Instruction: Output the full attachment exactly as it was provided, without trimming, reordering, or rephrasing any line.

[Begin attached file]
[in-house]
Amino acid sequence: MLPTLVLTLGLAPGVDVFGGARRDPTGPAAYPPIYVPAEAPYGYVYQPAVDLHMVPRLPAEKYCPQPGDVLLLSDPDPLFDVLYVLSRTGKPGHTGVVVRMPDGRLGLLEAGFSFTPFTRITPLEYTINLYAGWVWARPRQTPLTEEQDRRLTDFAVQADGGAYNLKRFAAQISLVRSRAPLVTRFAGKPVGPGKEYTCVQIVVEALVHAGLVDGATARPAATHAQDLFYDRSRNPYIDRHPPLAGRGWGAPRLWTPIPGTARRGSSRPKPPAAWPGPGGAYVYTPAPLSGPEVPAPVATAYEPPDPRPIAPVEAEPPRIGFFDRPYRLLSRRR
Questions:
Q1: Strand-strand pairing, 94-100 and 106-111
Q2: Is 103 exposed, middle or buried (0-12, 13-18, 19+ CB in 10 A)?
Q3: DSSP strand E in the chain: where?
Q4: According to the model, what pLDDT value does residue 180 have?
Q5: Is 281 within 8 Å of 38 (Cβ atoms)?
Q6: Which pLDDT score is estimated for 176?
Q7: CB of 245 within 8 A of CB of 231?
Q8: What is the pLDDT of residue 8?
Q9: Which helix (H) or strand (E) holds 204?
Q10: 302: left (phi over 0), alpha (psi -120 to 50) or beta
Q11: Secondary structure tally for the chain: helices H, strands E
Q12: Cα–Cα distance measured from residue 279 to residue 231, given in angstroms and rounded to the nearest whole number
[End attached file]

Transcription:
[in-house]
Amino acid sequence: MLPTLVLTLGLAPGVDVFGGARRDPTGPAAYPPIYVPAEAPYGYVYQPAVDLHMVPRLPAEKYCPQPGDVLLLSDPDPLFDVLYVLSRTGKPGHTGVVVRMPDGRLGLLEAGFSFTPFTRITPLEYTINLYAGWVWARPRQTPLTEEQDRRLTDFAVQADGGAYNLKRFAAQISLVRSRAPLVTRFAGKPVGPGKEYTCVQIVVEALVHAGLVDGATARPAATHAQDLFYDRSRNPYIDRHPPLAGRGWGAPRLWTPIPGTARRGSSRPKPPAAWPGPGGAYVYTPAPLSGPEVPAPVATAYEPPDPRPIAPVEAEPPRIGFFDRPYRLLSRRR
Questions:
Q1: Strand-strand pairing, 94-100 and 106-111
Q2: Is 103 exposed, middle or buried (0-12, 13-18, 19+ CB in 10 A)?
Q3: DSSP strand E in the chain: where?
Q4: According to the model, what pLDDT value does residue 180 have?
Q5: Is 281 within 8 Å of 38 (Cβ atoms)?
Q6: Which pLDDT score is estimated for 176?
Q7: CB of 245 within 8 A of CB of 231?
Q8: What is the pLDDT of residue 8?
Q9: Which helix (H) or strand (E) holds 204?
Q10: 302: left (phi over 0), alpha (psi -120 to 50) or beta
Q11: Secondary structure tally for the chain: helices H, strands E
Q12: Cα–Cα distance measured from residue 279 to residue 231, given in angstroms and rounded to the nearest whole number